Additional information can be found here.
 

 
JCVI to Re-Sequence Venter With ABI SOLiD; Large-Scale Human Sequencing Planned
 
The J. Craig Venter Institute plans to resequence Craig Venter’s genome using Applied Biosystems’ new SOLiD platform. It will also embark on large-scale human resequencing, starting with 10 to 30 individuals next year, but has not yet decided which technology to use. 
 
According to a report in the Wall Street Journal last week, the institute wants to evaluate the SOLiD system by resequencing Venter’s genome and comparing the results to his recently published genome sequence (see In Sequence 9/4/2007).
 
A JCVI spokeswoman told In Sequence by e-mail that the institute has been using and evaluating several new sequencing technologies. “ABI’s just happens to be one that is now ready for use for resequencing Craig’s genome,” she said.
 
The WSJ article also reported that the institute plans to sequence between 10 and 30 individuals next year, and eventually sequence 10,000 genomes over the next decade.
 
According to the spokeswoman, “those are estimates and goals that Craig and the team have set.” She added that the institute has not yet decided which technology to use to sequence more individual genomes.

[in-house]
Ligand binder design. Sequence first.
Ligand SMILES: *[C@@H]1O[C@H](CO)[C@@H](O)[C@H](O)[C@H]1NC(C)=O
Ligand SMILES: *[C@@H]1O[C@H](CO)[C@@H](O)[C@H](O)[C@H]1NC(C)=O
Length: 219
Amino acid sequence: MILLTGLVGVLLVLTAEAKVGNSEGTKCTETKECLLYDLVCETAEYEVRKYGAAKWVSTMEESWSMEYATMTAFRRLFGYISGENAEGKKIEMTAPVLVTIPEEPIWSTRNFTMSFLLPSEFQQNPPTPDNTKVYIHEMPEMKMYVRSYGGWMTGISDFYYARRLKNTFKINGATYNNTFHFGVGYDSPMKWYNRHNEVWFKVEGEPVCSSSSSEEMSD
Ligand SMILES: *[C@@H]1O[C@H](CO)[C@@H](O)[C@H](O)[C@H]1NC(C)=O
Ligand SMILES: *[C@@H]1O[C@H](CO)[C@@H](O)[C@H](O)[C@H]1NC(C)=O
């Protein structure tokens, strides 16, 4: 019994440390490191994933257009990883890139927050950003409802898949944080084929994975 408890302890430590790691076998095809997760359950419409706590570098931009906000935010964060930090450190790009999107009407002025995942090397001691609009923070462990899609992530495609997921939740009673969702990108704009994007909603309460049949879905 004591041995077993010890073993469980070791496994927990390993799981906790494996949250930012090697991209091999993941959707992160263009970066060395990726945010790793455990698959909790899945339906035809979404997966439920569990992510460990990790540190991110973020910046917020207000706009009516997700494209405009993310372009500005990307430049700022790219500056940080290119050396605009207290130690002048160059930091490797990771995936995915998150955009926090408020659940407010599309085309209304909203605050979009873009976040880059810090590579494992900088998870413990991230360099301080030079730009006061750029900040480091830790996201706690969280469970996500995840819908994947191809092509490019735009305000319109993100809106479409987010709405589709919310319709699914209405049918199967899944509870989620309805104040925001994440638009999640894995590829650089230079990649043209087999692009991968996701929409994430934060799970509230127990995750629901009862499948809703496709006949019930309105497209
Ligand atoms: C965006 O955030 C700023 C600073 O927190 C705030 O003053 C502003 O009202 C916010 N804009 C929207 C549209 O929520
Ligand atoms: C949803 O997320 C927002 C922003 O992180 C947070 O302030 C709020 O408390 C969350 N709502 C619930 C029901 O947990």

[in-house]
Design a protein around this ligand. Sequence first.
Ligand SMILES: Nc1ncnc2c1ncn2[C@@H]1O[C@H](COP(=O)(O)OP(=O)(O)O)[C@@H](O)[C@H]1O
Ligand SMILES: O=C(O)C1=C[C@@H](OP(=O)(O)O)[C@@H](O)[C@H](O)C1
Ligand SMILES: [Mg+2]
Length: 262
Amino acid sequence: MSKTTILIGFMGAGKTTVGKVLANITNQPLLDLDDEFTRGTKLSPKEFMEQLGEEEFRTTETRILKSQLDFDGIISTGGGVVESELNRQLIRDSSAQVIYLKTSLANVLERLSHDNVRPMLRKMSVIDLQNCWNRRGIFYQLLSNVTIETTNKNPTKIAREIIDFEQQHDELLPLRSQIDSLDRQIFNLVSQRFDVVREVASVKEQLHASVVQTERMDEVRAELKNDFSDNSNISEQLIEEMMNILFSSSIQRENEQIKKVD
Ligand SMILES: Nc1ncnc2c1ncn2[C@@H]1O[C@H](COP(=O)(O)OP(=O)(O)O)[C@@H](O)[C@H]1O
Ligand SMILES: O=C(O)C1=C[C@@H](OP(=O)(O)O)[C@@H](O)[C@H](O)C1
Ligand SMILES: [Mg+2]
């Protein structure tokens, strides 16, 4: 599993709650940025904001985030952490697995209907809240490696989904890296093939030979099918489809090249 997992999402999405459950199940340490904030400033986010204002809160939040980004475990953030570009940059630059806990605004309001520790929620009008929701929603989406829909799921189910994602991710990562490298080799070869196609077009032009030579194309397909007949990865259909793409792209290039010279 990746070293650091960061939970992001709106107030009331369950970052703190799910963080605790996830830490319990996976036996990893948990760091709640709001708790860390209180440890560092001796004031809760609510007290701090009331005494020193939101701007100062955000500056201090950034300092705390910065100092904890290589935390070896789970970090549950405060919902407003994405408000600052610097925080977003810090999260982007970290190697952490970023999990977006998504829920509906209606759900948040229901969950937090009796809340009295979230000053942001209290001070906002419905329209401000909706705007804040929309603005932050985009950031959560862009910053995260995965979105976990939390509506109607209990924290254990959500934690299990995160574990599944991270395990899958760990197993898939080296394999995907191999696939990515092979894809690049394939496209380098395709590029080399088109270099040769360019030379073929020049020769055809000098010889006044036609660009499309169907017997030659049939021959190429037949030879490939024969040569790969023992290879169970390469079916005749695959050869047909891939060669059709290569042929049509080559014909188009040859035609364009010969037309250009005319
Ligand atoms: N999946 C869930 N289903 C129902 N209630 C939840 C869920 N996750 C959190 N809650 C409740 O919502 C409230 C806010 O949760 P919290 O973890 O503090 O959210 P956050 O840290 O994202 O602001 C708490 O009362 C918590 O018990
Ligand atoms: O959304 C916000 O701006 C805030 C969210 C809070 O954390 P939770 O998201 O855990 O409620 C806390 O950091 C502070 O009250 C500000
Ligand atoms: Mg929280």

She did not say which sequencing platforms institute scientists are evaluating but indicated that they are looking broadly. “The JCVI and its sequencing facility have had a new technologies lab since it opened in 2003, so [it is] safe to say that as new technologies came out or were in beta testing, JCVI was/is evaluating them.”
 

 
Emory Lands $3M Grant for Autism Research; Will Use NimbleGen Arrays, Solexa Sequencing
 
The Simons Foundation has awarded Emory University's School of Medicine a $3 million grant for genetic research into why males have higher autism rates than females, Emory said last week.